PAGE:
Skip to main content
Greater Arizona Bicycling Association
Where cycling is more than just riding a bike
March Show
HomeHydration & Nutrition
Always ‘Eat before you are hungry' and ‘drink before you are thirsty'. If in doubt, consult with a professional nutritionist, as this is a more complex subject than most realize. Below are some important basics :


  • Drink 16 to 28 ounces of water per hour as you ride. The exact amount will depend on your size, the temperature, how hard you are riding, the altitude, and other lesser factors
  • Test energy drinks carefully to determine your ability to drink them when you are hot, tired, and/or mentally down- something that you will experience later, as your rides get longer. As a general rule, plan on at least half of your liquid intake being water.
  • Carry no less than two large (28 oz) water bottles, and be prepared, on some rides, to carry extra water (one to 2 liters). You can do this most easily by carrying the extra water in a collapsible container(s), such as a Platypus water bag (available at outdoor stores), which won't take very much room in your jersey pocket after its empty.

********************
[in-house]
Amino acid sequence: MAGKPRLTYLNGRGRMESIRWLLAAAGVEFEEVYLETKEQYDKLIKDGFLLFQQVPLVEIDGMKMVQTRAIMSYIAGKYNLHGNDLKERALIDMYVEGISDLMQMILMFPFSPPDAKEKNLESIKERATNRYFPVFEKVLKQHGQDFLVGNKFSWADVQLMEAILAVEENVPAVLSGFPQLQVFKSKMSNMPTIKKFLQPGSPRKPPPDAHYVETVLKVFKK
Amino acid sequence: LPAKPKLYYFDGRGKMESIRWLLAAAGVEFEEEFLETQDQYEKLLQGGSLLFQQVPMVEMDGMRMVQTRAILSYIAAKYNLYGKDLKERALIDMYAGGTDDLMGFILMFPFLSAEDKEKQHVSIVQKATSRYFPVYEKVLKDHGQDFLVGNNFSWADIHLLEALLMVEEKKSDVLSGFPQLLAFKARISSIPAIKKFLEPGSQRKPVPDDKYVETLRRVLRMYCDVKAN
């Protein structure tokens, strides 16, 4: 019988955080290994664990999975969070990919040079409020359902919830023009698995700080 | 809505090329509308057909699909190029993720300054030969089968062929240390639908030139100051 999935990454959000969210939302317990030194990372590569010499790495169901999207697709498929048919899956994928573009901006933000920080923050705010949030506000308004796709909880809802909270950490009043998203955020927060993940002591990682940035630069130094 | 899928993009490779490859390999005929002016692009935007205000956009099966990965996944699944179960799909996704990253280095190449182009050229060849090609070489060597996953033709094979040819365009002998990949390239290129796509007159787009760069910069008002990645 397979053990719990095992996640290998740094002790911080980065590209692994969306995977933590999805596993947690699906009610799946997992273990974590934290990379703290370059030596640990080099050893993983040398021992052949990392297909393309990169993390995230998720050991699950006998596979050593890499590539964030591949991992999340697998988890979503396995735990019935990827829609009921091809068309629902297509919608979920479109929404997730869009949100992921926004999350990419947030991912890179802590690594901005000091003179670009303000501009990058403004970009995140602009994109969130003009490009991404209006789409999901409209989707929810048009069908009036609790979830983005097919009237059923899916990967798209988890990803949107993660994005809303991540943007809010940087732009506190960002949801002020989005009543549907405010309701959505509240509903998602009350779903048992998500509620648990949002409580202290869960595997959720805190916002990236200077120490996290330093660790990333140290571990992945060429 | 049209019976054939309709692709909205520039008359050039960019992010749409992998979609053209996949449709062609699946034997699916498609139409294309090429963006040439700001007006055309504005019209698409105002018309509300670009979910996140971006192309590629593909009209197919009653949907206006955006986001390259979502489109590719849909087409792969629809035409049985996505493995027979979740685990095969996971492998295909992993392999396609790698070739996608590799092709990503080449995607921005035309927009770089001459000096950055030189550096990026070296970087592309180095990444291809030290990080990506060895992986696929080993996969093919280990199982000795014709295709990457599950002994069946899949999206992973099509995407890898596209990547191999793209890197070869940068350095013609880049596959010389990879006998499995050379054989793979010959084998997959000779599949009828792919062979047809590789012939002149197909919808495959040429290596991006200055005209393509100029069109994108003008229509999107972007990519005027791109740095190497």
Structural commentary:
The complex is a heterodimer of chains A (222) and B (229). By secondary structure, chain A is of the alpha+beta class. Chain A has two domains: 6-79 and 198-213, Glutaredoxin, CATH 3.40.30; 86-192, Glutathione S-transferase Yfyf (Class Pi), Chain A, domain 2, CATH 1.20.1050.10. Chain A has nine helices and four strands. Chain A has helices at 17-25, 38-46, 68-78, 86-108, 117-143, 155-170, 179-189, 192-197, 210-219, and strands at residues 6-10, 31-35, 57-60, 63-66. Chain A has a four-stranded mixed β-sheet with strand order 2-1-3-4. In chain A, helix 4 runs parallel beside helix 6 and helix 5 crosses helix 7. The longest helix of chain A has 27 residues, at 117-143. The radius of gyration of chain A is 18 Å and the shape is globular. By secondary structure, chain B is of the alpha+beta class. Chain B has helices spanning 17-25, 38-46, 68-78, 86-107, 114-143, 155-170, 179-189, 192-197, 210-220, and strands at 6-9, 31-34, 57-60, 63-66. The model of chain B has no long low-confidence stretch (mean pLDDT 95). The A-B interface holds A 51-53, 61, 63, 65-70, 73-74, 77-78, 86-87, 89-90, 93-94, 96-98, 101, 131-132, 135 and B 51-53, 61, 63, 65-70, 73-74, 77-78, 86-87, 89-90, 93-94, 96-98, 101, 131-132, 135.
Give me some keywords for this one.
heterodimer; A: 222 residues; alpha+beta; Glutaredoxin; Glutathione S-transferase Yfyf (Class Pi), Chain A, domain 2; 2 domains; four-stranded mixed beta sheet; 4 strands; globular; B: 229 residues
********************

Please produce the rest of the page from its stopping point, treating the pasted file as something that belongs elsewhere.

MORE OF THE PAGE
• IF you feel slightly nauseated after riding for some time, it is almost always a sign of early dehydration. You can ‘come back' from this condition by eating something(s) salty, resting a while, and then increasing your liquid intake.
  • Eat simple, easy to carry foods that are high in carbohydrates and low (less than 30%) in fat.
  • High carbohydrate foods include cereal, bread, pasta, beans, rice, potatoes, corn, fruit and vegetables, and pancakes (with only small amounts of butter, margarine, or oil). If you choose mostly refined carbohydrates (white bread, white pasta, white rice) you will get fewer vitamins and minerals, so a supplement may be required.
  • Experiment with different foods, to find out what works best for you when you are hot, tired, and/or mentally down. What tastes good at home may not taste good on the ride!
  • Your food should provide three important things: (1) relatively quick energy) a higher glycemic value); (2) electrolytes (salt, potassium, etc.); and (3) sustaining energy.
  • Some food ideas: pretzels, fig bars, crackers (especially saltines), bananas, oranges (pre-peeled), grapes, baked potatoes (add only a salty spicing, such as ‘Cajun spice'), and various flavors of rice cakes are all good.